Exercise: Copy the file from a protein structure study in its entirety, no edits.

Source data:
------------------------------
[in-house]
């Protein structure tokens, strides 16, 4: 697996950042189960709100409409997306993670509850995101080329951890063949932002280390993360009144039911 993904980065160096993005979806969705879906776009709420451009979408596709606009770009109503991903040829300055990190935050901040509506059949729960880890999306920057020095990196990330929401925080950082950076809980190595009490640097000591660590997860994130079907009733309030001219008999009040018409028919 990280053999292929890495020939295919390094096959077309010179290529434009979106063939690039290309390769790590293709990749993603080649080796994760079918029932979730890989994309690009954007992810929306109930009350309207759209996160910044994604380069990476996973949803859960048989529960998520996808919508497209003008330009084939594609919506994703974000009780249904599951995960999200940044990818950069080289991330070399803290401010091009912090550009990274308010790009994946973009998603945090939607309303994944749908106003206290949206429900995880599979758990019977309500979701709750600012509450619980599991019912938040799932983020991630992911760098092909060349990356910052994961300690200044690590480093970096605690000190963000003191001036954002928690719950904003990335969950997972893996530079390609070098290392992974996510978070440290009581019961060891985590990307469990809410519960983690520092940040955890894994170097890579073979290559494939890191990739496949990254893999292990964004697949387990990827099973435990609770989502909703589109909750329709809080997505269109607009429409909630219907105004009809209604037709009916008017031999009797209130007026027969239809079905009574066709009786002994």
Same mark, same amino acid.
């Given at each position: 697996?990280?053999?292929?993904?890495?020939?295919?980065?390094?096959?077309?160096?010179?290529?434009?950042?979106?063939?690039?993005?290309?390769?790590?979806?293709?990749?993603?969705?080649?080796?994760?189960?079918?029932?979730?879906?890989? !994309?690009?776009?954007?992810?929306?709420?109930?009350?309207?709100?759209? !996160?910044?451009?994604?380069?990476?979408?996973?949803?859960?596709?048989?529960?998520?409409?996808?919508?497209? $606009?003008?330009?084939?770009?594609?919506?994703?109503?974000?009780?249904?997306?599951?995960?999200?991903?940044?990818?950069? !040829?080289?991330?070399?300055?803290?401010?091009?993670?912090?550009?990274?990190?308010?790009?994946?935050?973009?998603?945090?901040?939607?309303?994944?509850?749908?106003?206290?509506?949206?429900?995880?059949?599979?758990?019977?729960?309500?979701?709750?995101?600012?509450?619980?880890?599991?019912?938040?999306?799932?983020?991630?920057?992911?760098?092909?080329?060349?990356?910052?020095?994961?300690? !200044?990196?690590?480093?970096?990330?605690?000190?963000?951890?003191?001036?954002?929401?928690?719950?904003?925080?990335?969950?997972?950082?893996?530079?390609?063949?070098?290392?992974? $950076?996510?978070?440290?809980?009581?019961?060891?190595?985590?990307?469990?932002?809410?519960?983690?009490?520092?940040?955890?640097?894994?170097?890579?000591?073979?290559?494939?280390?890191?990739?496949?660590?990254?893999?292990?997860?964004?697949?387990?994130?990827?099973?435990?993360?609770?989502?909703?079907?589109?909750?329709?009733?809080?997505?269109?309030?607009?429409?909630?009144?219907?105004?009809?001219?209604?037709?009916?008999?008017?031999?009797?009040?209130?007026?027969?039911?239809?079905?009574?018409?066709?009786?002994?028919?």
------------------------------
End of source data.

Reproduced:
[in-house]
């Protein structure tokens, strides 16, 4: 697996950042189960709100409409997306993670509850995101080329951890063949932002280390993360009144039911 993904980065160096993005979806969705879906776009709420451009979408596709606009770009109503991903040829300055990190935050901040509506059949729960880890999306920057020095990196990330929401925080950082950076809980190595009490640097000591660590997860994130079907009733309030001219008999009040018409028919 990280053999292929890495020939295919390094096959077309010179290529434009979106063939690039290309390769790590293709990749993603080649080796994760079918029932979730890989994309690009954007992810929306109930009350309207759209996160910044994604380069990476996973949803859960048989529960998520996808919508497209003008330009084939594609919506994703974000009780249904599951995960999200940044990818950069080289991330070399803290401010091009912090550009990274308010790009994946973009998603945090939607309303994944749908106003206290949206429900995880599979758990019977309500979701709750600012509450619980599991019912938040799932983020991630992911760098092909060349990356910052994961300690200044690590480093970096605690000190963000003191001036954002928690719950904003990335969950997972893996530079390609070098290392992974996510978070440290009581019961060891985590990307469990809410519960983690520092940040955890894994170097890579073979290559494939890191990739496949990254893999292990964004697949387990990827099973435990609770989502909703589109909750329709809080997505269109607009429409909630219907105004009809209604037709009916008017031999009797209130007026027969239809079905009574066709009786002994």
Same mark, same amino acid.
């Given at each position: 697996?990280?053999?292929?993904?890495?020939?295919?980065?390094?096959?077309?160096?010179?290529?434009?950042?979106?063939?690039?993005?290309?390769?790590?979806?293709?990749?993603?969705?080649?080796?994760?189960?079918?029932?979730?879906?890989? !994309?690009?776009?954007?992810?929306?709420?109930?009350?309207?709100?759209? !996160?910044?451009?994604?380069?990476?979408?996973?949803?859960?596709?048989?529960?998520?409409?996808?919508?497209? $606009?003008?330009?084939?770009?594609?919506?994703?109503?974000?009780?249904?997306?599951?995960?999200?991903?940044?990818?950069? !040829?080289?991330?070399?300055?803290?401010?091009?993670?912090?550009?990274?990190?308010?790009?994946?935050?973009?998603?945090?901040?939607?309303?994944?509850?749908?106003?206290?509506?949206?429900?995880?059949?599979?758990?019977?729960?309500?979701?709750?995101?600012?509450?619980?880890?599991?019912?938040?999306?799932?983020?991630?920057?992911?760098?092909?080329?060349?990356?910052?020095?994961?300690? !200044?990196?690590?480093?970096?990330?605690?000190?963000?951890?003191?001036?954002?929401?928690?719950?904003?925080?990335?969950?997972?950082?893996?530079?390609?063949?070098?290392?992974? $950076?996510?978070?440290?809980?009581?019961?060891?190595?985590?990307?469990?932002?809410?519960?983690?009490?520092?940040?955890?640097?894994?170097?890579?000591?073979?290559?494939?280390?890191?990739?496949?660590?990254?893999?292990?997860?964004?697949?387990?994130?990827?099973?435990?993360?609770?989502?909703?079907?589109?909750?329709?009733?809080?997505?269109?309030?607009?429409?909630?009144?219907?105004?009809?001219?209604?037709?009916?008999?008017?031999?009797?009040?209130?007026?027969?039911?239809?079905?009574?018409?066709?009786?002994?028919?």